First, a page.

Dr. King was quoted in his famous letter from a Birmingham Jail, “We know through painful experience that freedom is never voluntarily given by the oppressor; it must be demanded by the oppressed. Frankly, I have never yet engaged in a direct-action movement that was “well timed” according to the timetable of those who have not suffered unduly from the disease of segregation. For years now I have heard the word “wait.” It rings in the ear of every Negro with a piercing familiarity. This “wait” has almost always meant “never.” It has been a tranquilizing thalidomide, relieving the emotional stress for a moment, only to give birth to an ill-formed infant of frustration. We must come to see with the distinguished jurist of yesterday that “justice too long delayed is justice denied.” We have waited for more than three hundred and forty years for our God-given and constitutional rights. The nations of Asia and Africa are moving with jetlike speed toward the goal of political independence, and we still creep at horse-and-buggy pace toward the gaining of a cup of coffee at a lunch counter. I guess it is easy for those who have never felt the stinging darts of segregation to say “wait.” But when you have seen vicious mobs lynch your mothers and fathers at will and drown your sisters and brothers at whim; when you have seen hate-filled policemen curse, kick, brutalize, and even kill your black brothers and sisters with impunity; when you see the vast majority of your twenty million Negro brothers smothering in an airtight cage of poverty in the midst of an affluent society; when you suddenly find your tongue twisted and your speech stammering as you seek to explain to your six-year-old daughter why she cannot go to the public amusement park that has just been advertised on television, and see tears welling up in her little eyes when she is told that Funtown is closed to colored children, and see the depressing clouds of inferiority begin to form in her little mental sky, and see her begin to distort her little personality by unconsciously developing a bitterness toward white people; when you have to concoct an answer for a five-year-old son asking in agonizing pathos, “Daddy, why do white people treat colored people so mean?”; when you take a cross-country drive and find it necessary to sleep night after night in the uncomfortable corners of your automobile because no motel will accept you; when you are humiliated day in and day out by nagging signs reading “white” and “colored”; when your first name becomes “nigger” and your middle name becomes “boy” (however old you are) and your last name becomes “John,” and when your wife and mother are never given the respected title “Mrs.”; when you are harried by day and haunted by night by the fact that you are a Negro, living constantly at tiptoe stance, never knowing what to expect next, and plagued with inner fears and outer resentments; when you are forever fighting a degenerating sense of “nobodyness” — then you will understand why we find it difficult to wait. There comes a time when the cup of endurance runs over and men are no longer willing to be plunged into an abyss of injustice where they experience the bleakness of corroding despair.”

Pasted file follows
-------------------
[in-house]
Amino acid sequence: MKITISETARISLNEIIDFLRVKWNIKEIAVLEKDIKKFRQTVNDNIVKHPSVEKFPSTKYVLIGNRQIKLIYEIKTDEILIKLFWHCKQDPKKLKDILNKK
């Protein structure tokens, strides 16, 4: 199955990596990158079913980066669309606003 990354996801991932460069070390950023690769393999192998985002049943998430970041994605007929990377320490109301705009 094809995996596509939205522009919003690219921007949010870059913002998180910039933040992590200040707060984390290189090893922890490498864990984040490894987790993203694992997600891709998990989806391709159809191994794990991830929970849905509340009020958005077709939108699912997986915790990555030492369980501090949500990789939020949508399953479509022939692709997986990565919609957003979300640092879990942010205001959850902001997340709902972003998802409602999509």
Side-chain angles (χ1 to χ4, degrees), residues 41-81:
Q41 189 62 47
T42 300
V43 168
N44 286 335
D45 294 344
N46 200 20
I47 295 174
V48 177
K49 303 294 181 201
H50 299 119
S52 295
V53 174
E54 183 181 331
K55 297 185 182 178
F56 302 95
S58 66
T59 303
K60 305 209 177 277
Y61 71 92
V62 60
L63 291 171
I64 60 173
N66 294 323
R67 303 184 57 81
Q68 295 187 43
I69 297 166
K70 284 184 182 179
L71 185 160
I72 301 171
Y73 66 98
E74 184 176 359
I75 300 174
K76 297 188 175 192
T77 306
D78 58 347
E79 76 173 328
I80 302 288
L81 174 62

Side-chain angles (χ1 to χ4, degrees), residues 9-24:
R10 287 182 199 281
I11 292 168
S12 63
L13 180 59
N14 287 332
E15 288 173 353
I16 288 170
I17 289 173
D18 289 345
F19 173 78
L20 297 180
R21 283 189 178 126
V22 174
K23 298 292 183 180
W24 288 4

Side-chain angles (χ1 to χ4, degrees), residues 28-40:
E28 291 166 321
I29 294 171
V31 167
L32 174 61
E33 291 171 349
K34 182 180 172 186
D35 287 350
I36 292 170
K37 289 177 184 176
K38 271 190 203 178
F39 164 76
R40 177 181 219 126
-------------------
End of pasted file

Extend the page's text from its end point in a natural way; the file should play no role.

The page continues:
Malcolm X said, “Who taught you to hate the color of your skin? Who taught you to hate the texture of your hair? Who taught you to hate the shape of your nose and the shape of your lips? Who taught you to hate yourself from the top of your head to the soles of your feet?”
If the Muslims of Afrikan descent applied the principles of الاعمال الصالحة (al’aemal alssaliha) and the Christian of Afrikan descent practice faith with good works, and Afrikan American Muslims and Christians practice Black cultural pride in the Afrikan American community, and in the larger American society, Black lives would truly matter to Black people, to White people, to Asian people, to Latino people, to Arab people, to the police, to the power structure, to America, to Hip Hop, and to all people! The decadent conditions (e.g. poverty, joblessness, the high incarcerations of rates of Black Men and Black Women, the proliferation of drugs, mis-education, dysfunctional families, Black on Black violence, police violence, and Black self-hatred) of Afrikan Americans would improve dramatically!
If we followed in the footsteps of Dr. King and Malcolm X, we would be armed with our respected faiths in the belief of the power of the Creator, our practice of good deeds, and furnished with a universal love for our Black culture, we would create more Dr. Kings and Malcolm Xs in ourselves that would require us to work hard to make the faith community better, make the Afrikan American community better, make America better, and make the world a better place!
Dr. King, a very courageous Blackman and Christian Pastor! Malcolm X a very courageous Blackman and Muslim leader, used their faiths, the practice of good deeds, and a Black cultural pride, to sacrifice their lives for the freedom of Afrikan Americans, and in turn, made America better by forcing this country to live up to it’s democratic ideals! They were an awesome example of the power of faith, importance of الاعمال الصالحة (al’aemal alssaliha) good deeds, faith with good works and the power of Black cultural pride! If we just looked a little deeper into our faiths as Afrikan Americans, the way Dr. King and Malcolm X did, we would find liberating answers to our many problems of today.
As Salaamu Alaikum! (May Peace Be Unto You)
-Radio Show Producer and Talk Show Host
*Note: The spelling of Afrika, Afrikan, and Afrikan American with a “k” is the Kiswahili word for African. Kiswahili is a Pan Afrikan language spoken in many parts of Afrika. It is also the language of Kwanzaa-the Afrikan American seven day cultural holiday celebrated from December 26 to January 1.